“First,” he said, “I want to get to know you better.” He asked me a series of personal questions — about my Jewish background, my family, my personal life; he wanted to know if the man with whom I’d attended his book event the night before was my boyfriend. His questions made me uncomfortable, but they weren’t all that surprising, actually — I’ve learned that if you’re Jewish and younger than 35, your relationship status is typically the first thing another Jew will ask about. Besides, the man was married, with children, and a public figure. I figured I was safe. But after I answered one of his questions in a way that moved him, he lurched at me like a barnyard animal, grabbing the back of my head, pulling me toward him.

I turned my face to the left and bowed my head to avoid his mouth. “I don’t understand,” I told him. “Last night, in front of everybody, you spoke so lovingly about your wife.”

“We have an arrangement,” he responded.

“Don’t you have children?” I asked, trying to wedge conversation in front of contact.

He looked at me with a sly smile. “Yes,” he said, “and I’m not done yet. … ”

Even in the midst of such a profoundly awkward situation, I remember thinking that this was the first time any man had made a pass at me by suggesting we procreate.

“Let’s go up to my room,” he suggested. “Just for a minute.”

“I don’t think that’s a good idea,” I said.

“We don’t have to have sex,” he countered. “I just want to give you a hug.”

The fact that the suggestion we’d have “sex” was even uttered during a professional meeting — by another journalist, no less — is insane. I remember how ridiculous his pickup line sounded, even as it filled me with dread. Even as he continued to pull and paw at me.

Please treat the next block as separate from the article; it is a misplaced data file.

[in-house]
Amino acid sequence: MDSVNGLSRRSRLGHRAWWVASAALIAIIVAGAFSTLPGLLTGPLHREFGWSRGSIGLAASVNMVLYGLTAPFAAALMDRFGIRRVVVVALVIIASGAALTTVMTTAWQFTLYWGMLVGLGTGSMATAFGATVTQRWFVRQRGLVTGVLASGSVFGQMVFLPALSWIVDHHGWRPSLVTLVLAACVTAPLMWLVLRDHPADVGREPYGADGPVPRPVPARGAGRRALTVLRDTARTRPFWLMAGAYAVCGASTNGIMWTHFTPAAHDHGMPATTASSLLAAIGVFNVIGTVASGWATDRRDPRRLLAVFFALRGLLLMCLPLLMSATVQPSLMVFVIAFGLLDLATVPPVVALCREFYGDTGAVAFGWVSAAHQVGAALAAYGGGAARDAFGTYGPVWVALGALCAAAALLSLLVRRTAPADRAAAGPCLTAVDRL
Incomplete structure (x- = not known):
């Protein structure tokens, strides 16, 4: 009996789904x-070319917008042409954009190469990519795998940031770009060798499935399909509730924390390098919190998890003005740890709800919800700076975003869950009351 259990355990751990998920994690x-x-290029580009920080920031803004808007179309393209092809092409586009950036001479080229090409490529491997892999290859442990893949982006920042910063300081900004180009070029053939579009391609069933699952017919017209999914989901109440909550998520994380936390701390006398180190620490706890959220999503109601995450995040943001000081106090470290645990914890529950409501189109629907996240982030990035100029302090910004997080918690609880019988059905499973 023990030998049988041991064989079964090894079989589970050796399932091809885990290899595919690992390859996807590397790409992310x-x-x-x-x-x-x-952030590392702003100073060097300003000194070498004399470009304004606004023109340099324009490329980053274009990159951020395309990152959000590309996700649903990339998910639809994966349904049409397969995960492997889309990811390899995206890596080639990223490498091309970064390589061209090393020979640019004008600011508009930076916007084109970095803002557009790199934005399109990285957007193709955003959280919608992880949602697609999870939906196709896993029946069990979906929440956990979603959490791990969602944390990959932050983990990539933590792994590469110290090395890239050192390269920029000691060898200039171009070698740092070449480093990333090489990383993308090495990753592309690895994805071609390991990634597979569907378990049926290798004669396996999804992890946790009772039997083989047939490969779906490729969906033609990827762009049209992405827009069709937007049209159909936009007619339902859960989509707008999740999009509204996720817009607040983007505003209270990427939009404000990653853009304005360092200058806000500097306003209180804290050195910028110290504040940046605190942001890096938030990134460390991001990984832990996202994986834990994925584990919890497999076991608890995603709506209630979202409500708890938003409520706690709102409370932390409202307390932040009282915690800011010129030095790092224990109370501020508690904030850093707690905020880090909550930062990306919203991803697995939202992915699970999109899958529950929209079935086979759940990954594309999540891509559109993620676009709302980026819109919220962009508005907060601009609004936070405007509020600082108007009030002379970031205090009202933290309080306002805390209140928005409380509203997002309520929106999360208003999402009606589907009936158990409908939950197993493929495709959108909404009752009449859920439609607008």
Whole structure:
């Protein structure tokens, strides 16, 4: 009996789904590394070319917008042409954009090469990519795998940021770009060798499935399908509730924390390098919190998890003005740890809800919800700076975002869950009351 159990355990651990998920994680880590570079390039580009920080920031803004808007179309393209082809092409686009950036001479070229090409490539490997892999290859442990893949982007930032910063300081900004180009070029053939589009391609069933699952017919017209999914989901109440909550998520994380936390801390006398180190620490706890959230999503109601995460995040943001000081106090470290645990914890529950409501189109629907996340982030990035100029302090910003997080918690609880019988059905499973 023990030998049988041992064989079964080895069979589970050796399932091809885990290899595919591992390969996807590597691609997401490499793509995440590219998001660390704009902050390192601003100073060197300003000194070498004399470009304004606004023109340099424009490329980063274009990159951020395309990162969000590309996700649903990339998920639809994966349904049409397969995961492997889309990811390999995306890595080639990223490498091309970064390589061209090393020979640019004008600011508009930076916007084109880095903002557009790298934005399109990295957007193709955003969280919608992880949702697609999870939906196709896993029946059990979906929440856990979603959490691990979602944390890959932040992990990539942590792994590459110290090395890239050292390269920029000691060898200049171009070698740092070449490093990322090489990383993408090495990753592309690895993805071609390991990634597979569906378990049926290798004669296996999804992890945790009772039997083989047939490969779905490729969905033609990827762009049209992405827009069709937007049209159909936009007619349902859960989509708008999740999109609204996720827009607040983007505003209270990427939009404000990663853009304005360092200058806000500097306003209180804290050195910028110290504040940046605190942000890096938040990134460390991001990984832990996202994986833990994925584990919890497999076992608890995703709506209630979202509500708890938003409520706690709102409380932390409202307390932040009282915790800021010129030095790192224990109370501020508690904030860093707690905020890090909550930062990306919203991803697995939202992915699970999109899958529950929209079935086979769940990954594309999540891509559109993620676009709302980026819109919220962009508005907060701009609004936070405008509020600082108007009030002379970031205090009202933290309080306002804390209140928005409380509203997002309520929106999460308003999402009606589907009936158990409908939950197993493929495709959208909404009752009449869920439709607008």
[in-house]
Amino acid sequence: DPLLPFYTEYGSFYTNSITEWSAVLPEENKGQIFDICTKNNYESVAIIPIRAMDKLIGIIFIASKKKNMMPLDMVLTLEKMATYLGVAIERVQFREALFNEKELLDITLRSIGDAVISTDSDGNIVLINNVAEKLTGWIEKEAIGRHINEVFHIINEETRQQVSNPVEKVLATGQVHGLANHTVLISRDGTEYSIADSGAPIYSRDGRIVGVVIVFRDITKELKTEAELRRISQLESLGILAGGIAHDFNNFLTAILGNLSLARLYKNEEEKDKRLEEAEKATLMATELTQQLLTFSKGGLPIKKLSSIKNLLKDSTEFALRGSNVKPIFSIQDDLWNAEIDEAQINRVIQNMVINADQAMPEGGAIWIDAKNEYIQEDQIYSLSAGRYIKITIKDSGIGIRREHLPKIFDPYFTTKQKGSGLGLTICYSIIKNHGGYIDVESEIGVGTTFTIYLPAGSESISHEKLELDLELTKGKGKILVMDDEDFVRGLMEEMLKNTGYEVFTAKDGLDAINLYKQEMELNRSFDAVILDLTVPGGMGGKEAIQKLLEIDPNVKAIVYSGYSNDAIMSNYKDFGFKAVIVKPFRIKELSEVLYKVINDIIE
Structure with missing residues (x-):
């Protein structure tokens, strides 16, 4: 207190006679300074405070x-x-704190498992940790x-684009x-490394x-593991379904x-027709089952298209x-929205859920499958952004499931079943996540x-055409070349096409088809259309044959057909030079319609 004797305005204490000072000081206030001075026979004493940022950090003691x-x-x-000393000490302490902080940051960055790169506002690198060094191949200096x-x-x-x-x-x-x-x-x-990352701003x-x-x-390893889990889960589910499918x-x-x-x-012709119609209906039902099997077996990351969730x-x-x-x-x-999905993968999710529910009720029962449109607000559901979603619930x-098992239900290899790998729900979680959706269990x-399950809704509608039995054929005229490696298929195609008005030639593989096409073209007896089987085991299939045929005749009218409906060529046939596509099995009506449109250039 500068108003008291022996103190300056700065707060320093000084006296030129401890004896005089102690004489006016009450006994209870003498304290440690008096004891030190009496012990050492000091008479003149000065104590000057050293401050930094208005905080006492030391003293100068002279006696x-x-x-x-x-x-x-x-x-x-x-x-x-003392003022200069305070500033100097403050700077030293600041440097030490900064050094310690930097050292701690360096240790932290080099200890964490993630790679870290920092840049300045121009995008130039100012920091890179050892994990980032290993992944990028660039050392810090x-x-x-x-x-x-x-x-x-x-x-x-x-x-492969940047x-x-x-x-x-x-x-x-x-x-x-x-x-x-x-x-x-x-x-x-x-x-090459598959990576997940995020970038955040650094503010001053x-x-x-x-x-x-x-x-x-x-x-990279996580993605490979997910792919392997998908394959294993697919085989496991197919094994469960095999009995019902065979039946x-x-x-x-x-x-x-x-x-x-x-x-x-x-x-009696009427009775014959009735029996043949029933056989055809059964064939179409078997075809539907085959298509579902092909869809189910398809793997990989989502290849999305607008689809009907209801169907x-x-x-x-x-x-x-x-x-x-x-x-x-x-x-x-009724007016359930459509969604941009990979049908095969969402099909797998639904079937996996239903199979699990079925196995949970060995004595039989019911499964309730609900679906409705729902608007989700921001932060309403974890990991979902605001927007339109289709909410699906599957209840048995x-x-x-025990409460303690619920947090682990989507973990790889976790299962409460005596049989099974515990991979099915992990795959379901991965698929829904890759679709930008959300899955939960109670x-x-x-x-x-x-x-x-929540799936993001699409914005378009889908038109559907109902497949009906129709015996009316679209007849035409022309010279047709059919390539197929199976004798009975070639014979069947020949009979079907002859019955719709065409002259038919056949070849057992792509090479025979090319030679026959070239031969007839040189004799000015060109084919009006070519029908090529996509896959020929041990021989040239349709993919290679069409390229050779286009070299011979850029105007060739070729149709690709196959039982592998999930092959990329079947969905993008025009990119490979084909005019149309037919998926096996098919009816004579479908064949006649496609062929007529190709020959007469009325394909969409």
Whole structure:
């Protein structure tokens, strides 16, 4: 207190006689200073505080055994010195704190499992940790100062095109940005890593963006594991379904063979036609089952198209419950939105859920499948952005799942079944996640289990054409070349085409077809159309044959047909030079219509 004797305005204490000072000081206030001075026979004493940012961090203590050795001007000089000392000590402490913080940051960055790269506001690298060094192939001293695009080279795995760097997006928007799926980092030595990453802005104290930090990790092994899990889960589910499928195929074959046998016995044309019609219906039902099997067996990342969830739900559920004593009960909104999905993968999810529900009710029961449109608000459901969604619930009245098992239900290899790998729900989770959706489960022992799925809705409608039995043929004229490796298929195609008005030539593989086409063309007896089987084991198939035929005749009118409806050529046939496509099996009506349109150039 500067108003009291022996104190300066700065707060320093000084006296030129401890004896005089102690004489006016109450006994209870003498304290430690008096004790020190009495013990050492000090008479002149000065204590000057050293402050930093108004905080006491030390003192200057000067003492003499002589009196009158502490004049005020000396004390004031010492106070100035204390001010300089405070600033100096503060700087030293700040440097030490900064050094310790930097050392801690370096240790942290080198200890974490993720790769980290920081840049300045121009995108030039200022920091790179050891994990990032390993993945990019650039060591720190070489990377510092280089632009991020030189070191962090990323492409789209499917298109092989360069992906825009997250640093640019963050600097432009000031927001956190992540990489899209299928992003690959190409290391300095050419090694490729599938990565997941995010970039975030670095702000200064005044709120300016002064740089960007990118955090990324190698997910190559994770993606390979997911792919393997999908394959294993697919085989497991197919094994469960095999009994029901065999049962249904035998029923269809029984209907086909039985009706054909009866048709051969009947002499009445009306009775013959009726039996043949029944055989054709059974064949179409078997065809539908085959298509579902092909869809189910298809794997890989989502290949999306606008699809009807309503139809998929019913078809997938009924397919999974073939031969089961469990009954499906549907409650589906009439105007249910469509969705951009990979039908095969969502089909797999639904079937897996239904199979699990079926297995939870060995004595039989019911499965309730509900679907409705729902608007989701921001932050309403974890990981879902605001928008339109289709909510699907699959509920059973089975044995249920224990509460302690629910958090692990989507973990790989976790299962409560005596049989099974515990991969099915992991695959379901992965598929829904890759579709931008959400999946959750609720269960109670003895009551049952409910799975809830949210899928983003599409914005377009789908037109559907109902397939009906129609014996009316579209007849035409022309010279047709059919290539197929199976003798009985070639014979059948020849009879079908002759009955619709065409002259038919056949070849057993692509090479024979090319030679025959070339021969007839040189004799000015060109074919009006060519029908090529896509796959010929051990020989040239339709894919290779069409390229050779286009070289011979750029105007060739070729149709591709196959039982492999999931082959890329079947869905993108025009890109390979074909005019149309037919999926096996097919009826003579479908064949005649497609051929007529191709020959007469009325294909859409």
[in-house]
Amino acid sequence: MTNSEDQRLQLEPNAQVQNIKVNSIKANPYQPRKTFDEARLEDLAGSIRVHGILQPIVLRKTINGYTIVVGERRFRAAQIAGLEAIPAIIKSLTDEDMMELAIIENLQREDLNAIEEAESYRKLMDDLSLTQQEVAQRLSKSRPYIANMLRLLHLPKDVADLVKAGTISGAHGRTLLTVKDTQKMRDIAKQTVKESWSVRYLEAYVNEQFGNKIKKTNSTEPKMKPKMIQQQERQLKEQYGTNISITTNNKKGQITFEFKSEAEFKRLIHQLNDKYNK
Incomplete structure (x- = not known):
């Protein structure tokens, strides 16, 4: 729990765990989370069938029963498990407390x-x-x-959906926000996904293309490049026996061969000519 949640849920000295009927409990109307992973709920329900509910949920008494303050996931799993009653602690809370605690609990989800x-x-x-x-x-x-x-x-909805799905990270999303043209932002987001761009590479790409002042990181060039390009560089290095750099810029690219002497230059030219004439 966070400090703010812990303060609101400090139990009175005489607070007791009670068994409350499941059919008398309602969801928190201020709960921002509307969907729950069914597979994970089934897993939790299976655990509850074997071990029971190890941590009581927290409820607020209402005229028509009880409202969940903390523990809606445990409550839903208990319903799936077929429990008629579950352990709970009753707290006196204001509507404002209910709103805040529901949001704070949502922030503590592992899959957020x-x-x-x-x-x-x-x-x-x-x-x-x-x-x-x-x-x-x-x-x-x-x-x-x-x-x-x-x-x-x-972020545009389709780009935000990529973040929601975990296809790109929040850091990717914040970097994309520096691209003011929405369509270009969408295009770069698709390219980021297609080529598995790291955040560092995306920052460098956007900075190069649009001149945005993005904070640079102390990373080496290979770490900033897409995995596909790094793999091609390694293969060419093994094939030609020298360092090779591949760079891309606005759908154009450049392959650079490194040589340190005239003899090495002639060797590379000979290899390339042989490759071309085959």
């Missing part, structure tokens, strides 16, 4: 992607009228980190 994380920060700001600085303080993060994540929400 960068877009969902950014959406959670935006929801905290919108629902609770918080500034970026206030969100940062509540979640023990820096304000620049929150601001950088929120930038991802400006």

Confused, I found myself feeling paralyzed. Earlier that day, this man had been someone I deeply respected. I’d read his book voraciously and underlined passages; I’d even read every review, and recommended the book to friends. And this was supposed to have been a really important interview — one I was lucky to get. My editors were expecting something good. Could I just walk away? From someone so prominent?

Today, it would be an easy choice. But at the time, several years ago, I felt beholden to the man in power.

[MORE: Trump video should be a call to action]

Once he suggested his hotel room, though, my decision was clear: I had to get out of there. Still trying to respect his distinguished reputation, I was — unbelievably, in hindsight — concerned about making a polite exit. And there was still the matter of the interview, which he continued to dangle in front of me — if I really wanted it, I’d have to come back again the next night.

I remember putting my jacket back on, because I wanted a barrier between him and me. I felt naked, though I was fully, conservatively clothed — a white blouse and black pants. And even though I was in a hotel lobby surrounded by other people, I felt unsafe. I excused myself to use the restroom.